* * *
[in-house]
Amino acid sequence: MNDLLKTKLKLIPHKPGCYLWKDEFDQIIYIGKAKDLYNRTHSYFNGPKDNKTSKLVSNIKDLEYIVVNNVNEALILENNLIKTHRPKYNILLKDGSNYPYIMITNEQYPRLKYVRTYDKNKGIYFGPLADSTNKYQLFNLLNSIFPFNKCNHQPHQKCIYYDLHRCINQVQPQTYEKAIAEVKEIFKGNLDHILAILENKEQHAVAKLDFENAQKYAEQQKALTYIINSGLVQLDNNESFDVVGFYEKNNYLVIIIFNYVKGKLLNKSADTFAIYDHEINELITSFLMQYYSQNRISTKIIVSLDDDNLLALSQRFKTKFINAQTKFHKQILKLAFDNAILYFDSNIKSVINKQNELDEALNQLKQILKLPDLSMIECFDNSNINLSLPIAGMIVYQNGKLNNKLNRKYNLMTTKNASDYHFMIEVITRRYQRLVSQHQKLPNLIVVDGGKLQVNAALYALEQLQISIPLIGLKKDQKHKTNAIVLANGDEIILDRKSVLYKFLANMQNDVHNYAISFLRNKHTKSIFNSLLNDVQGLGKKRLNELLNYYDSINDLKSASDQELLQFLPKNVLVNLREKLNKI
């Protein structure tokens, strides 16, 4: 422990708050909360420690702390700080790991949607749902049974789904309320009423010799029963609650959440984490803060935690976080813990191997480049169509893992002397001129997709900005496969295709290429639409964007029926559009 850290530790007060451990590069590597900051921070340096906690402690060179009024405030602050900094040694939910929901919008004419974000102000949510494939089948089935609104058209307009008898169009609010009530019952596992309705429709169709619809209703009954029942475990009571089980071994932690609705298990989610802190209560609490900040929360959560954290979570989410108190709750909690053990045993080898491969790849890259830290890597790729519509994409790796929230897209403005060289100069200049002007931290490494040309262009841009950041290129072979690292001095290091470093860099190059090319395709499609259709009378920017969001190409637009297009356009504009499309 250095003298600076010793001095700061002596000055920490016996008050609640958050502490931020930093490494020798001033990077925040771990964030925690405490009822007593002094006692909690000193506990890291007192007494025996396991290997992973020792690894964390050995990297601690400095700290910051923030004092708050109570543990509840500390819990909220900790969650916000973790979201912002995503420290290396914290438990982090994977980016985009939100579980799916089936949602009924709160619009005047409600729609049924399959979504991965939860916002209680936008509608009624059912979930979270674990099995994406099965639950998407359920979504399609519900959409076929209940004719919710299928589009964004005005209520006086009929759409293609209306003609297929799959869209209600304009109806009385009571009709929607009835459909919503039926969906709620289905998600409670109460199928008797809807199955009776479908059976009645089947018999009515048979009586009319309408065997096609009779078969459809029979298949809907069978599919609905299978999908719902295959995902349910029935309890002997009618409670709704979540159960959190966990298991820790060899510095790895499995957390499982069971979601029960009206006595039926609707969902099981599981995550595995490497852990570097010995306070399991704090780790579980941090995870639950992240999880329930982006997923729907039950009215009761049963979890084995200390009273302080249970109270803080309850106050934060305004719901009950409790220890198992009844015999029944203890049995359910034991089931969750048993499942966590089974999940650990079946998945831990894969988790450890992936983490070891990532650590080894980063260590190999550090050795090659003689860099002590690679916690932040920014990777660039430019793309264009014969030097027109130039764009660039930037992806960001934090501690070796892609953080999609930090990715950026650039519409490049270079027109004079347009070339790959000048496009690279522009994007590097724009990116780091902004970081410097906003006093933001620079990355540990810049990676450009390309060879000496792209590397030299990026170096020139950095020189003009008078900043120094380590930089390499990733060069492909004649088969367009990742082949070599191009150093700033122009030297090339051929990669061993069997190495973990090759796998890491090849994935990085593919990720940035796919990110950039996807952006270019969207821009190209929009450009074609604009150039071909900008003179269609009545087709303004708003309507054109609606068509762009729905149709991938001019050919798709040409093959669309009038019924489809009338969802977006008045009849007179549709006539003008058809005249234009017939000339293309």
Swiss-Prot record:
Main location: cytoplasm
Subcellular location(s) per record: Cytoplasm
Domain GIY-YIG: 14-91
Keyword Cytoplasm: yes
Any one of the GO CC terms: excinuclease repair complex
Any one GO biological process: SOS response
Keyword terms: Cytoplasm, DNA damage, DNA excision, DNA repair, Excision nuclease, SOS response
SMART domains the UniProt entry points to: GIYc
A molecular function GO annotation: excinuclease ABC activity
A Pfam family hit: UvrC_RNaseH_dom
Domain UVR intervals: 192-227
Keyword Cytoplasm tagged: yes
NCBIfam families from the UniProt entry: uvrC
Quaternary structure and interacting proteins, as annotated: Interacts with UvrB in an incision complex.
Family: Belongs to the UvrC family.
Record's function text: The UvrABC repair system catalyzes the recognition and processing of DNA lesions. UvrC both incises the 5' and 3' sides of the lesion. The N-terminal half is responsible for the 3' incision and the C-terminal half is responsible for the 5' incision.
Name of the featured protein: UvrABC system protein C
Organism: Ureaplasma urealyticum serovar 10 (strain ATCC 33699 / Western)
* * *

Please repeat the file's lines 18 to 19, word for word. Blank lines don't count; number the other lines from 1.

Quaternary structure and interacting proteins, as annotated: Interacts with UvrB in an incision complex.
Family: Belongs to the UvrC family.